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iDsonix™ IDD-U3201 USB3.0 SATA Hard Drive Dual Bay Docking Station Review

Today, I will be taking a spin on iDsonix IDD-U3201 which is effectively a two-bay external dock using USB 3.0 UASP protocol for the connectivity. It supports 2.5” and 3.5” SATA HDD/SSD at a time. Besides, a simple and convenient way of connecting the regular SATA based drives to be connected externally to the PC, this dock has a secondary function as well, which is the ability to clone the drive without using the PC. This is definitely a handy feature and I did not realize about it when the company approached me for the review as at that time a single-bay dock was shown for the content. Welp, things happen for a good reason!

iDsonix™ IDD-U3201

The Essentials


  • Easy to setup
  • No driver needed
  • Great airflow
  • Using UASP protocol with USB 3.0


  • Drives when connected have a bit of wobbling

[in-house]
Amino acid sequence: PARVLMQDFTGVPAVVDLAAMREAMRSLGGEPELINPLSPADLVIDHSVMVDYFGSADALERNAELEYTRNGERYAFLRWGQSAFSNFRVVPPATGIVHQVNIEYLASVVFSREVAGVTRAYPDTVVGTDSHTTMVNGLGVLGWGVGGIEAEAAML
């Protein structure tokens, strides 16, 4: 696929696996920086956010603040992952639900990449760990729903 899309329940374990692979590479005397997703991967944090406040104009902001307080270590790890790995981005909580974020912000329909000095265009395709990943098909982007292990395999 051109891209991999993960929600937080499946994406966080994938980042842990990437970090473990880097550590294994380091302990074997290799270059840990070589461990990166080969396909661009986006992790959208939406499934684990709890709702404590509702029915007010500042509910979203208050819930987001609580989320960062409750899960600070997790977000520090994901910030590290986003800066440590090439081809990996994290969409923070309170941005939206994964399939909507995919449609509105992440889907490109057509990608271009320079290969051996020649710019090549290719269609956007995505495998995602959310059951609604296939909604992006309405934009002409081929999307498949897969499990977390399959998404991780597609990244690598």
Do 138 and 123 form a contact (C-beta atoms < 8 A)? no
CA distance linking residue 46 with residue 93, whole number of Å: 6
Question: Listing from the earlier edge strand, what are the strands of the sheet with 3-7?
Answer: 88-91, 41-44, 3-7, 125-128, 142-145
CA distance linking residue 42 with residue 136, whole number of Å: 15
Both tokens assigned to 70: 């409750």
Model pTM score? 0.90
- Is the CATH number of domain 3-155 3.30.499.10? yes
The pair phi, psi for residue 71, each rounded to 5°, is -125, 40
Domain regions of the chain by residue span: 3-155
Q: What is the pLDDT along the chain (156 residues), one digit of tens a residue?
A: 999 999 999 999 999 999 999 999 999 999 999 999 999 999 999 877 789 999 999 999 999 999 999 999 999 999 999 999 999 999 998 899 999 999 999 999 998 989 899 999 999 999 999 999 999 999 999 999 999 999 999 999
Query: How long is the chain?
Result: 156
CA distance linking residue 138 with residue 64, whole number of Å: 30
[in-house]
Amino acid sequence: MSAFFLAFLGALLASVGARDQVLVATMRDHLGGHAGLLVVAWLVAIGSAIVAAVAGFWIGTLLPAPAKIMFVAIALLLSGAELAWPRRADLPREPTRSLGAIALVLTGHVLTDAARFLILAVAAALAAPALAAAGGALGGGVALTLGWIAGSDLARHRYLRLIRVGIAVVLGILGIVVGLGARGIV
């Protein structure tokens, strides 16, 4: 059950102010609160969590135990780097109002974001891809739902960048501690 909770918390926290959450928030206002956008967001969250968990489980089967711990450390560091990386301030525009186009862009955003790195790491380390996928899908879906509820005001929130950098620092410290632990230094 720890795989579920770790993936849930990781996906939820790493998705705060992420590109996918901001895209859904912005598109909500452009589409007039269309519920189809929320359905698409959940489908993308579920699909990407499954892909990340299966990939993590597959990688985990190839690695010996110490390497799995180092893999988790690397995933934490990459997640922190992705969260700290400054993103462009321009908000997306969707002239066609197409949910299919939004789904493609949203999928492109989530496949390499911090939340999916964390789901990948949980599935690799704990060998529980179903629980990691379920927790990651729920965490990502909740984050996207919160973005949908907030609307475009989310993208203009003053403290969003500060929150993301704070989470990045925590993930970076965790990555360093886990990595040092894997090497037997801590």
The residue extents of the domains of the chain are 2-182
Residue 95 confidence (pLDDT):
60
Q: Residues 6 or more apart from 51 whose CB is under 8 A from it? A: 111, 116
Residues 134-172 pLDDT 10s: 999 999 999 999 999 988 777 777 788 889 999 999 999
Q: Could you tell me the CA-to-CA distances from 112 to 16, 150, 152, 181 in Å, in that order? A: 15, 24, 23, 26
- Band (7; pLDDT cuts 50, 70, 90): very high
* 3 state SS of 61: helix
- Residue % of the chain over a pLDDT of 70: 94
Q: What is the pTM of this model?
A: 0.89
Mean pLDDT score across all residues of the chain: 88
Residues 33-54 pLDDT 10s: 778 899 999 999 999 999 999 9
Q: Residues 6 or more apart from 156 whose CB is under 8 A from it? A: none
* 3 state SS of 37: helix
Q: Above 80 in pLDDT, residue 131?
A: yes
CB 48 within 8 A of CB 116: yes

Compatible Drives: 2x 2.5”/3.5” SATA HDD/SSD | Supported Storage Capacity: Up to 8TB | Output: USB3.0 5Gbps | LED: Power and Activity indicators | Color: Black and White | Dimensions: 135x121x65mm | Compatible OS: Windows XP and above, Linux, Mac | Certified: CE & FCC

VERDICT:The iDsonix IDD-U3201 USB3.0 SATA Hard Drive Dual Bay Docking Station has given me a wonderful experience when testing it and I like it how they have executed this idea. Should you be looking for an external enclosure, the IDD-U3201 is a very strong contender for your bucks as it also offers the cloning function besides PC connectivity and comes with 18 months warranty.